Summer and grapes go together like hot weather and a chilled glass of wine, for those who like a tipple, or frozen grapes for the kids (and even us ‘big’ kids). As well as being a fun and versatile food, grape vines are luscious-looking plants to have in the garden.
Why grow grapes?
Grow your grape vines up a trellis or over a larger structure (with good airflow and easy access to the vine for fruit later) such as an arbor – or even a hills hoist will do! – to provide shade in your garden for people to sit under or as a spot to protect plants that prefer some shade.
Grapes will produce fruit after about a year. Of course, different varieties and growing conditions will vary the amounts of nutrients a bit, but all grapes are full of vitamins C, K, B1 and B2 as well as minerals like potassium, copper and manganese. The leaves, which you might be used to eating as dolmades, are very high in vitamin A. Just remember to keep grapes away from dogs – even a couple of grapes can be toxic for a small dog.
Grapes don’t need to be pollinated to produce fruit but bees will visit the flowers and fruits, so by leaving some ripe grapes for them you can feed them – and who doesn’t want to feed a cute little bee? Be warned, though, that wasps are equally as fond of the ripe fruits! (It turns out that wasps aren’t all bad though.)
How to grow grapes
There are many ‘how to’ guides online or, if you’re wanting more of a permaculture perspective, consult a permaculture design group or get in touch with us to see if we can assist with a future blitz.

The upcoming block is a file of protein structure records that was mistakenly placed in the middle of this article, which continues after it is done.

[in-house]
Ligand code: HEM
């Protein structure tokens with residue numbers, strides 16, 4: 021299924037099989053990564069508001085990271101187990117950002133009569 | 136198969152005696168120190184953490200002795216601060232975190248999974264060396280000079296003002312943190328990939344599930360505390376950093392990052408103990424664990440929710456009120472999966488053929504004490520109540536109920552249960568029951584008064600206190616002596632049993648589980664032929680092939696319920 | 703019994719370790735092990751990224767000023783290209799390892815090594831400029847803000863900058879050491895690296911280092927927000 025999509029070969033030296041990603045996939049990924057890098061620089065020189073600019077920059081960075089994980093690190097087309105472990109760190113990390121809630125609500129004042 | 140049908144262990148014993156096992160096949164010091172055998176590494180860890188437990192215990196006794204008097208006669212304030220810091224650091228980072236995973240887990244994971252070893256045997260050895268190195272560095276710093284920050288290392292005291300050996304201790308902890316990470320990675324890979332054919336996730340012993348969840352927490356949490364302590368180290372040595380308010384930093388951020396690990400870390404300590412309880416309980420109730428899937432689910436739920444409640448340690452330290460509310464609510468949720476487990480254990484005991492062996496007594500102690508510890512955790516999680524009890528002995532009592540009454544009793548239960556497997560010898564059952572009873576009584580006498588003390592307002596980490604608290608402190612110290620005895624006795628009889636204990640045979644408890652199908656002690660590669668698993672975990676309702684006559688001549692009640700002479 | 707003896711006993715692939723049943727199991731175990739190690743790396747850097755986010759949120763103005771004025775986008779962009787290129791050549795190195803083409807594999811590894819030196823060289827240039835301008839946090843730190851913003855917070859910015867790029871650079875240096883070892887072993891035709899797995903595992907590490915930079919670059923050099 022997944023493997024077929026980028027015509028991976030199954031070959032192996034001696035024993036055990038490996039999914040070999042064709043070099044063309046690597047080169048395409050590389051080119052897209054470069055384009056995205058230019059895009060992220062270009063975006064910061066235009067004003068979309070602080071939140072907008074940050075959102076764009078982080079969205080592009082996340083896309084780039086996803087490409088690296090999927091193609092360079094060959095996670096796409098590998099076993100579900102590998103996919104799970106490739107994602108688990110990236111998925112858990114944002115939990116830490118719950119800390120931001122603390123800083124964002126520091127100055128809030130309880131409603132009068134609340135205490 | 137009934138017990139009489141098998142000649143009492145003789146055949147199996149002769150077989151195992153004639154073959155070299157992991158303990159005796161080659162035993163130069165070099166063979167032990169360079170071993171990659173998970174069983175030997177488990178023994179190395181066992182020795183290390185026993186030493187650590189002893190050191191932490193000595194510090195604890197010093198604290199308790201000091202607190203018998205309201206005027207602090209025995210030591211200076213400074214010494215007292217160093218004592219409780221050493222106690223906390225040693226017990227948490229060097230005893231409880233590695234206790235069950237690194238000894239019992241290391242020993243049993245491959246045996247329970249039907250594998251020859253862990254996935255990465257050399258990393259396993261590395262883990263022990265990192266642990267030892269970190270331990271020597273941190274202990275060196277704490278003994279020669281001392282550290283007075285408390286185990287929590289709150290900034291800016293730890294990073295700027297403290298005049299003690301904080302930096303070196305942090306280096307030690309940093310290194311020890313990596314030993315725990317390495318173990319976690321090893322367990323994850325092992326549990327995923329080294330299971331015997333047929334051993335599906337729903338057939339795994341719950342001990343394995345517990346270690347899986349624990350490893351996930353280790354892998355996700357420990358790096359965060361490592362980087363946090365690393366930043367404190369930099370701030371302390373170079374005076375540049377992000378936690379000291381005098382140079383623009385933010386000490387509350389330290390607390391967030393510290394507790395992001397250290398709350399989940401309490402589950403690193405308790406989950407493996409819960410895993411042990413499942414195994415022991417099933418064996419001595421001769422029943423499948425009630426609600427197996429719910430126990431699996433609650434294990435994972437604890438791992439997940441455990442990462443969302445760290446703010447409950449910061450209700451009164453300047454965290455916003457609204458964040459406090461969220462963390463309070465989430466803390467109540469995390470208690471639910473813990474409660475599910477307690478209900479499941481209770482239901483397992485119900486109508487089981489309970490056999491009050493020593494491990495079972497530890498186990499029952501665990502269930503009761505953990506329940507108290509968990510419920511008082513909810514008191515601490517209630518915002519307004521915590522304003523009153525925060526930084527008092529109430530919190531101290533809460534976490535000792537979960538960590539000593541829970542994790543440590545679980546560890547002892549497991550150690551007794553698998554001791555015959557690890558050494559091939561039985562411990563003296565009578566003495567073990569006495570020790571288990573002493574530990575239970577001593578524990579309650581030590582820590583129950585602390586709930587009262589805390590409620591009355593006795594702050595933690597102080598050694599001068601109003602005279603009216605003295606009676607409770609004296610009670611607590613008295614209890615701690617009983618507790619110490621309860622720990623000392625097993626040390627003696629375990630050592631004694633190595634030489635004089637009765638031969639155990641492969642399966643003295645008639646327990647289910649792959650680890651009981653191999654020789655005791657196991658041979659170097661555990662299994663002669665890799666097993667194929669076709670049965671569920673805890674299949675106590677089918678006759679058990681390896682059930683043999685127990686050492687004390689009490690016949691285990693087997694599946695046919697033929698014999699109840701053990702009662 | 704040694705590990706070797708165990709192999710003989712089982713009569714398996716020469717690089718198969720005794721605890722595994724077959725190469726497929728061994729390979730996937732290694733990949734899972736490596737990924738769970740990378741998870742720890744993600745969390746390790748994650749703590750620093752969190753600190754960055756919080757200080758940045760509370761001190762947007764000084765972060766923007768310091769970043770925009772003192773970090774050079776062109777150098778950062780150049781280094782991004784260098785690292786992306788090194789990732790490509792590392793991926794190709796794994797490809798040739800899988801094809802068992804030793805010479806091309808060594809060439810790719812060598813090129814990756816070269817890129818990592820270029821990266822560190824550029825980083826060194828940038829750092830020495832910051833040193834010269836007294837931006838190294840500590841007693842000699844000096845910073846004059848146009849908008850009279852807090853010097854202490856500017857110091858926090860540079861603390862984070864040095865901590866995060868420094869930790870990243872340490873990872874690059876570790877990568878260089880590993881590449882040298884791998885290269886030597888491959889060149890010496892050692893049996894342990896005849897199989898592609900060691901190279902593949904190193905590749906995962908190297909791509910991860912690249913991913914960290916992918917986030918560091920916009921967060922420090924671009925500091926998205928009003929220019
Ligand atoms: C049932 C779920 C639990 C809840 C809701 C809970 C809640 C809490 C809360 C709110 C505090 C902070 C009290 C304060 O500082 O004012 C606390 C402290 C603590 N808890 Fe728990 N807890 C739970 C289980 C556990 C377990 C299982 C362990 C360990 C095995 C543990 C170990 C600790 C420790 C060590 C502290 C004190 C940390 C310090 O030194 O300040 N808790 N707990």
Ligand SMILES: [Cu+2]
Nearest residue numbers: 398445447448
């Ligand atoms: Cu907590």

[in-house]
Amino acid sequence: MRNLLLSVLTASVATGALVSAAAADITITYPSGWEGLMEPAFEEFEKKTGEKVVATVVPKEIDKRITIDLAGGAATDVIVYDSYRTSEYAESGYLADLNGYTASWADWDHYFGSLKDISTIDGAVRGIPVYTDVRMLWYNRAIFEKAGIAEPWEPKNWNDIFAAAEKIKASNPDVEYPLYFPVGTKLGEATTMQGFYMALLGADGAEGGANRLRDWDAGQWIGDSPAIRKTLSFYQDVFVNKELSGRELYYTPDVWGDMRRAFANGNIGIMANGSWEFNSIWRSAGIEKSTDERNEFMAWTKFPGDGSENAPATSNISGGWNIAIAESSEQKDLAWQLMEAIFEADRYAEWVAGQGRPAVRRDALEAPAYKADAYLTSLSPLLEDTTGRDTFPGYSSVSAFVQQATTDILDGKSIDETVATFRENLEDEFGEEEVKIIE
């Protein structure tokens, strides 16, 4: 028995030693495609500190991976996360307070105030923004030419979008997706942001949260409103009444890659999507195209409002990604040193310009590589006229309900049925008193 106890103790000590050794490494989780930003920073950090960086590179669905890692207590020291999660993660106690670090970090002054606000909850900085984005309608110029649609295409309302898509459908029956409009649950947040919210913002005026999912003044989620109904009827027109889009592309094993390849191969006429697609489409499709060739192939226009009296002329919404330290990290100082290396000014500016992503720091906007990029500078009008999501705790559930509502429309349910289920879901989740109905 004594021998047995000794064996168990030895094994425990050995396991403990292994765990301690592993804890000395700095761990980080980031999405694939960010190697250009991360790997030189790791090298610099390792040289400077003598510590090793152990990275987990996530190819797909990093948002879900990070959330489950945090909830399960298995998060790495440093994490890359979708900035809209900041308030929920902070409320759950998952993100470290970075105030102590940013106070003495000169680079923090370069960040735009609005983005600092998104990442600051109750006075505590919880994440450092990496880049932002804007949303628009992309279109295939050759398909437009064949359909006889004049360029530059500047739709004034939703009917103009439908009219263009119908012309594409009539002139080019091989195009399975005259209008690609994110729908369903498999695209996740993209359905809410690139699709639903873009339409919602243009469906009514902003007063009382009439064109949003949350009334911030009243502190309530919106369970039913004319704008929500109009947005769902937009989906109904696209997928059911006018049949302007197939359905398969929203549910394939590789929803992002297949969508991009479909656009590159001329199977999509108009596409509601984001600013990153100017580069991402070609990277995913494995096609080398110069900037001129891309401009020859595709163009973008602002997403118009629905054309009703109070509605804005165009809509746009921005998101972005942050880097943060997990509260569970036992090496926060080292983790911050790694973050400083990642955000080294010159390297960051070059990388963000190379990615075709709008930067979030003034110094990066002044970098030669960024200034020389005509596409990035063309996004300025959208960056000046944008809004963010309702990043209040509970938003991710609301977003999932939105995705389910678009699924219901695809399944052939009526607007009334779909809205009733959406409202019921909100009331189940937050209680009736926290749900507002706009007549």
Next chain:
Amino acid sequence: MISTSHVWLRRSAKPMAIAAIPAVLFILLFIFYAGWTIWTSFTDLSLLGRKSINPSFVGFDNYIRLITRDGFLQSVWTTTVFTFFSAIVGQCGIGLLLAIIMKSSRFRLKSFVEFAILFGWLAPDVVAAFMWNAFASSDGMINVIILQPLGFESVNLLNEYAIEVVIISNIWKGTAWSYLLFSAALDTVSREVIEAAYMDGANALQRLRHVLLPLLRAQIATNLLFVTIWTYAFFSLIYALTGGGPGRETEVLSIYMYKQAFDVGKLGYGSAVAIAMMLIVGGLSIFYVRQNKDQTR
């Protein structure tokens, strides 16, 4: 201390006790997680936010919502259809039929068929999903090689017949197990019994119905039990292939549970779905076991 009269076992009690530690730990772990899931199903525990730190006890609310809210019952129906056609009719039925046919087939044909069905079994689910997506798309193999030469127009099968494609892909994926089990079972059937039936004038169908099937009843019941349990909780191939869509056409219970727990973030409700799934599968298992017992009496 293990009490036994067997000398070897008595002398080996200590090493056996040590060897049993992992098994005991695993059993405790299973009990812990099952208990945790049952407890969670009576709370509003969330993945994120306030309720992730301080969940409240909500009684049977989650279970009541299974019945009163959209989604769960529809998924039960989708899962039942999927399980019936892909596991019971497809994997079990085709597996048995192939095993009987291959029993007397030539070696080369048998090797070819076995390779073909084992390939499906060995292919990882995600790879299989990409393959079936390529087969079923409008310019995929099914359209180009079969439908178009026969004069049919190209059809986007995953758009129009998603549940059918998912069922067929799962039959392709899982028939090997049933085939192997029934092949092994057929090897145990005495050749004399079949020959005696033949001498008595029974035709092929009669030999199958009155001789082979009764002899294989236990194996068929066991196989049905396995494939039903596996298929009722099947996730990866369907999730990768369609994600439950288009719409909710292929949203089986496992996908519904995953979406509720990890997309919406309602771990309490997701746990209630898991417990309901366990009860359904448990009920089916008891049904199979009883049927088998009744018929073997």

For most cultivars, the starting point is to get a cutting and find a sunny spot in the garden with good drainage that will be well ventilated and accessible even after the plant grows and produces fruit – this is why a trellis or similar structure is normally used. Grape vines in Victoria can be prone to various types of mildew (check information for your local area if you’re elsewhere) so air flow is important!
To get the most out of your grape vines, as well as training them to go up the structure you’ve provided them with, you’ll need to prune them hard every year around late winter to keep them manageable. This will also encourage new growth and fruiting – you can consult with your nursery about the exact method of pruning to use on your specific cultivar.
While growing grapes might seem intimidating if you haven’t done it before, the small amount of effort needed to start them off and the yearly pruning is surely worth the reward of a beautiful vine and the prospect of fresh grapes by summer next year!